When the kids were older and in school I went back to work part-time and it worked for awhile, only because I had a very flexible, understanding employer.  But then my kids lives got busier, my husbands work got busier, my parents needed me more and I got older (aka perimenopausal).  And again I found myself doing everything “half-assed”.  When my husband said with the two of us working and him working even longer hours we needed to hire a personal assistant.  Clearly the logical thing was for me to quit my job and “step it up” as a wife, mother, homemaker … the only problem is I’m afraid I’m not quite up to the task.  I don’t know if its because I’m getting old, or going through perimenopause, or bored, but I haven’t “stepped it up” much, if at all 😯!  You know that saying “if you want something done give it to a busy person”– it’s true but that’s another topic.

“We can’t have it all. what we have is good enough.”  Glennon Doyle “Love Warrior”. 

When I first I read her book I thought YES, what we have, what I have is good enough, but then I thought is it good enough to constantly be feeling overwhelmed and like you’re not good enough …

“Somewhere along the way women got the wrong information. Or, I should say, we got so much of the wrong information that we washed our hands of the whole thing. We live in an all-or-nothing society that says I need to look, act, think, and speak perfectly or just throw in the towel and stop trying altogether … you feel so overwhelmed by your life that you’ve given up. You’re a piece of jetsam being tugged along with the tide. It feels too hard to keep up with the game, so you’ve quit playing. Oh sure, you’re still here. You still show up for work, you still make dinner (or don’t if you’re me 😜) and take care of your kids, but you’re always playing catch-up. You always feel behind and overwhelmed. Life is not supposed to overwhelm you at all times. Life isn’t meant to be merely survived—it’s meant to be lived.” by Rachel Hollis “Girl, Wash Your Face: Stop Believing the Lies About Who You Are so You Can Become Who You Were Meant to Be”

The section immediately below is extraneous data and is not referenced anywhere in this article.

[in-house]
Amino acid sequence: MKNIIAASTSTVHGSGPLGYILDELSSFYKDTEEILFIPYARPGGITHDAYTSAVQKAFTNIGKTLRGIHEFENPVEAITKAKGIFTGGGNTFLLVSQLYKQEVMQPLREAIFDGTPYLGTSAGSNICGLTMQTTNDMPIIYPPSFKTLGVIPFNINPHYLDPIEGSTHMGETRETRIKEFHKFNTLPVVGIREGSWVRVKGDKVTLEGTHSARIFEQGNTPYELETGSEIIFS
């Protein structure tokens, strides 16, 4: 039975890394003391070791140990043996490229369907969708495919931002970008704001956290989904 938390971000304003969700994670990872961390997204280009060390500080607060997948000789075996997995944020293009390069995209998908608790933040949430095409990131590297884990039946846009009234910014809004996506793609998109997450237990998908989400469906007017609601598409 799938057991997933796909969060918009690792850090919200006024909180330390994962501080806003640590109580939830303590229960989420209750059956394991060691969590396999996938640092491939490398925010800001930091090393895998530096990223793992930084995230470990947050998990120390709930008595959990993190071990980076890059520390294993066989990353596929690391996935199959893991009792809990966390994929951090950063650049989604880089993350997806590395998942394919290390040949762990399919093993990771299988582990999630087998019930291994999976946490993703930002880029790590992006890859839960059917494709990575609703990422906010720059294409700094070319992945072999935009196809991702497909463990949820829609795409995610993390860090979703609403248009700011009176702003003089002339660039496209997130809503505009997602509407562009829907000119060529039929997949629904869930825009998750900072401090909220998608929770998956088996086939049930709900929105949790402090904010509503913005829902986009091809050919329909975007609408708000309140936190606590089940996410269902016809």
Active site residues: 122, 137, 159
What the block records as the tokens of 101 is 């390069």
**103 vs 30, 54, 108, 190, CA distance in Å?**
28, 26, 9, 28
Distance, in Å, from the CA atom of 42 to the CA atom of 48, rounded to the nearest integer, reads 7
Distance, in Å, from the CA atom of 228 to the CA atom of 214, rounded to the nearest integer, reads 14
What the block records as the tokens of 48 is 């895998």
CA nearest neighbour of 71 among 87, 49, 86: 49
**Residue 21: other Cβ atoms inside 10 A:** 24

So many women feel like they are barely surviving, barley keeping their head above water.

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“That love would do what it often threatened to do … remind you that it is timeless, as if that were the entire story about what I thought I was supposed to do vs. what I actually want to do”

I read that somewhere, I didn’t write down the source or the author … but I think about it all the time and I frequently substitute the word life for the word love and fleeting for the word timeless

“That life would do what it often threatened to do … remind you that it is fleeting, as if that were the entire story about what I thought I was SUPPOSED to do vs. what I actually WANT to do.”

I didn’t read all of “Girl Wash Your Face”  but I think the gist of it is that we need to realize that for the most part “we’re doing the best we can” and while you’re in the throes of motherhood we all need to stop being so hard on ourselves and realize everything doesn’t have to be perfect all the time  — things will feel and look messy and far from “perfect” most of the time and it’s OKAY!

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The time will come when you get to do more of what you WANT vs. SHOULD and it may creep up on you unexpectedly.  You may find its been so long that you’ll actually have to discover what you want, in the meantime it’s okay to let some things go …